But heck, Johnson isn’t cocky about his championships, so why should his fans be? They are enthusiastic, no doubt, but when it comes to “in your face”, they usually save those for the detractors who accuse Johnson and crew chief Chad Knaus of cheating or who say Johnson’s championships don’t count because of the Chase.

And that’s when the claws come out. Do NOT in any way insinuate that Johnson’s championships and victories came from anything but raw talent and teamwork unless you want a severe tongue lashing from an otherwise fairly laidback fan base.

I could probably tell several stories about encounters with fans at the track and how they feel about their drivers, but you get the picture. Regardless of favorite driver, all fans are extremely passionate and enthusiastic about the sport they love and the drivers they support. And, really, that’s all anyone asks.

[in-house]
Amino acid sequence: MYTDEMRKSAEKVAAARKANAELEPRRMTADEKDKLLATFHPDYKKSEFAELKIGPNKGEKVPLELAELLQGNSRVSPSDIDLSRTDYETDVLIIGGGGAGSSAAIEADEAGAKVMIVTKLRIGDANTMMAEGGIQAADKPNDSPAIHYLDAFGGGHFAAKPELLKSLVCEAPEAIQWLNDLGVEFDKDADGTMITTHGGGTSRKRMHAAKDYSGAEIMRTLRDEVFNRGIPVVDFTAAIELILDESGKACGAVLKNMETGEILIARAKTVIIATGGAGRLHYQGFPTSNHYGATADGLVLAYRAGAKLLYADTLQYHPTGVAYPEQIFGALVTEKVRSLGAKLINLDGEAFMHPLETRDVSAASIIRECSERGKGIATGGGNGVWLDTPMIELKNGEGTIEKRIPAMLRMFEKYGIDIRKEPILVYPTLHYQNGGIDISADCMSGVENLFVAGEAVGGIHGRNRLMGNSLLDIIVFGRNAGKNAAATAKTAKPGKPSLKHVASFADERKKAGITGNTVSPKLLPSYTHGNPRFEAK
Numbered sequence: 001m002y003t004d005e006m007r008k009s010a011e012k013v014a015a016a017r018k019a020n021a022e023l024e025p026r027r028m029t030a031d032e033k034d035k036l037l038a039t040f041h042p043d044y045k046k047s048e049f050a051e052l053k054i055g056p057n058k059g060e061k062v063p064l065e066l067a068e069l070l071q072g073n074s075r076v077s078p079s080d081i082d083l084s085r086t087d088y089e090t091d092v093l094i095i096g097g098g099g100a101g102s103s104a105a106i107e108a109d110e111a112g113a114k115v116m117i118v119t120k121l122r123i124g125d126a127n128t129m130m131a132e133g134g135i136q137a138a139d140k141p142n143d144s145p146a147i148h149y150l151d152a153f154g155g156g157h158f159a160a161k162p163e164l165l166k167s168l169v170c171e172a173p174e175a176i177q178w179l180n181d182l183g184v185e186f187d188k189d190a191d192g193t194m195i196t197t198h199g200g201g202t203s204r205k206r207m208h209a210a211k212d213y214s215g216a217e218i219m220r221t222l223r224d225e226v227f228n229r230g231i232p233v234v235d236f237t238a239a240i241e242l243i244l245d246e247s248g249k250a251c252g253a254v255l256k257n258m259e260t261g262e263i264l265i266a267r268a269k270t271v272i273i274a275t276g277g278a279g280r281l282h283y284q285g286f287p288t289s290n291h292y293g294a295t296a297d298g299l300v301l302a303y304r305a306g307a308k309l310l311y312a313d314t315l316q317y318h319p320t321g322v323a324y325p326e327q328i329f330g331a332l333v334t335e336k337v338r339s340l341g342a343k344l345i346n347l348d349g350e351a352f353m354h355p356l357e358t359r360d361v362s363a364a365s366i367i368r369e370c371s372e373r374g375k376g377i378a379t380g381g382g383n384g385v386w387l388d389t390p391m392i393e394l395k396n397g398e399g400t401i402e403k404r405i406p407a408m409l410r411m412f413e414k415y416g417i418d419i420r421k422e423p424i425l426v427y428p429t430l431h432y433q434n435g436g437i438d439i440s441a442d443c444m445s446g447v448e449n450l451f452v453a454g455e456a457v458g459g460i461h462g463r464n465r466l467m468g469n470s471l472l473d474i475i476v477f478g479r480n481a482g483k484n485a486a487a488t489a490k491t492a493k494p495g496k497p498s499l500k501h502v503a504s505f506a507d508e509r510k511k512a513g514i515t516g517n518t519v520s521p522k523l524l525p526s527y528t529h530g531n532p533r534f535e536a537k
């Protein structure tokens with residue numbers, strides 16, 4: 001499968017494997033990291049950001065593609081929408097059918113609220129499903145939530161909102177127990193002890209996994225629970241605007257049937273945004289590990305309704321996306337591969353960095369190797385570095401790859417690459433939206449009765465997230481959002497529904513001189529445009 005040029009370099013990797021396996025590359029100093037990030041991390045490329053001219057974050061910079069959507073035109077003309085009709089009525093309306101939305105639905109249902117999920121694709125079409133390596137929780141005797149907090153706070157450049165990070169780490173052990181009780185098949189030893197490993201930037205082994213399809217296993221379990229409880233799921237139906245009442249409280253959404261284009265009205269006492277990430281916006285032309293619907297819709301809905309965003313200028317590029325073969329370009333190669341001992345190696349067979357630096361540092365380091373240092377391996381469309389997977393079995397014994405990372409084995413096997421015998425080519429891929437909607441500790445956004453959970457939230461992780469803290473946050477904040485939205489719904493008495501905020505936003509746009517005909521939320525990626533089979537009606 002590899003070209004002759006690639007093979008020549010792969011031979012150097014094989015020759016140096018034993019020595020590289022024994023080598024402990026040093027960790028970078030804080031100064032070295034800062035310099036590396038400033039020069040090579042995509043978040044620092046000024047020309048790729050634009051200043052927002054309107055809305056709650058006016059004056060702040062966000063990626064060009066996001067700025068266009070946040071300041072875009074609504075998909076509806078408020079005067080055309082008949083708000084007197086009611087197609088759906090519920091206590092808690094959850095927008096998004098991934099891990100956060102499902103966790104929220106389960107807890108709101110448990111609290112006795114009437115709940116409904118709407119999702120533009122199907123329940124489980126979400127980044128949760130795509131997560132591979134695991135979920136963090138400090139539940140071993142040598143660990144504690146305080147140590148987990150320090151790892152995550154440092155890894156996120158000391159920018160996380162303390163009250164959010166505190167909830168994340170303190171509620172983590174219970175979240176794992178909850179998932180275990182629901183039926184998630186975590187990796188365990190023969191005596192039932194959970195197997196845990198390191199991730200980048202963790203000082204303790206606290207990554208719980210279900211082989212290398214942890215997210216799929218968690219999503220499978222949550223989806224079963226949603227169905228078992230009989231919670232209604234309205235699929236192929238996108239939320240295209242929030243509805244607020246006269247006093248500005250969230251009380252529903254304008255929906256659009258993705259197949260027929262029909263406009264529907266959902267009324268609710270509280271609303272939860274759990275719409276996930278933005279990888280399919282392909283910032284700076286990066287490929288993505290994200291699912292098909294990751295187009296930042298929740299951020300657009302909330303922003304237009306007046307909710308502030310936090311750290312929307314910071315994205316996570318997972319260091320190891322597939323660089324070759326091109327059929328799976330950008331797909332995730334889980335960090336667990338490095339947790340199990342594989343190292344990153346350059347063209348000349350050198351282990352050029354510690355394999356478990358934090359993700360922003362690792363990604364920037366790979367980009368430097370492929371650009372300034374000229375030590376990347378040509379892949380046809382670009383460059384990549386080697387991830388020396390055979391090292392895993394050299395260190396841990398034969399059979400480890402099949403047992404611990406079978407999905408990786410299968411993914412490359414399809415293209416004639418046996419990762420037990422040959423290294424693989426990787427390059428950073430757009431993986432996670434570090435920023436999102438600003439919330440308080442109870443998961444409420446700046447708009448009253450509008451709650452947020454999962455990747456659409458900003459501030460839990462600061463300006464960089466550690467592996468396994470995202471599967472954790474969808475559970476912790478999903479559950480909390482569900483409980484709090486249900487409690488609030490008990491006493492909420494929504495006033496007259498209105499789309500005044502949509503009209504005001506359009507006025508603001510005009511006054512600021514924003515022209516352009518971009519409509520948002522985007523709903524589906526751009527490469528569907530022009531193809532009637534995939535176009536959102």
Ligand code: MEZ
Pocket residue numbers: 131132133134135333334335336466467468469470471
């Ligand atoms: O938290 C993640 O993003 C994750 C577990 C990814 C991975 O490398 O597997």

Contact Summer Dreyer

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©2000 - 2008 Summer Bedgood and Frontstetch.com. Thanks for visiting the Frontstretch!

Joe--
06/22/2011 01:49 AM
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Good read Summer—Even Kyle Busch is a saint compared to players in other sports. Even though at times NASCAR drives me crazy, I still keep watching. It really is about the drivers.

AnnieMack
06/22/2011 09:32 AM
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Well, it’s about the drivers if you driver works for one of the 4-horse stables and always running up front. Otherwise you have to hope and pray your guy will show up on camera while the leader is passing him by.

Bill B
06/22/2011 11:21 AM
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Annie,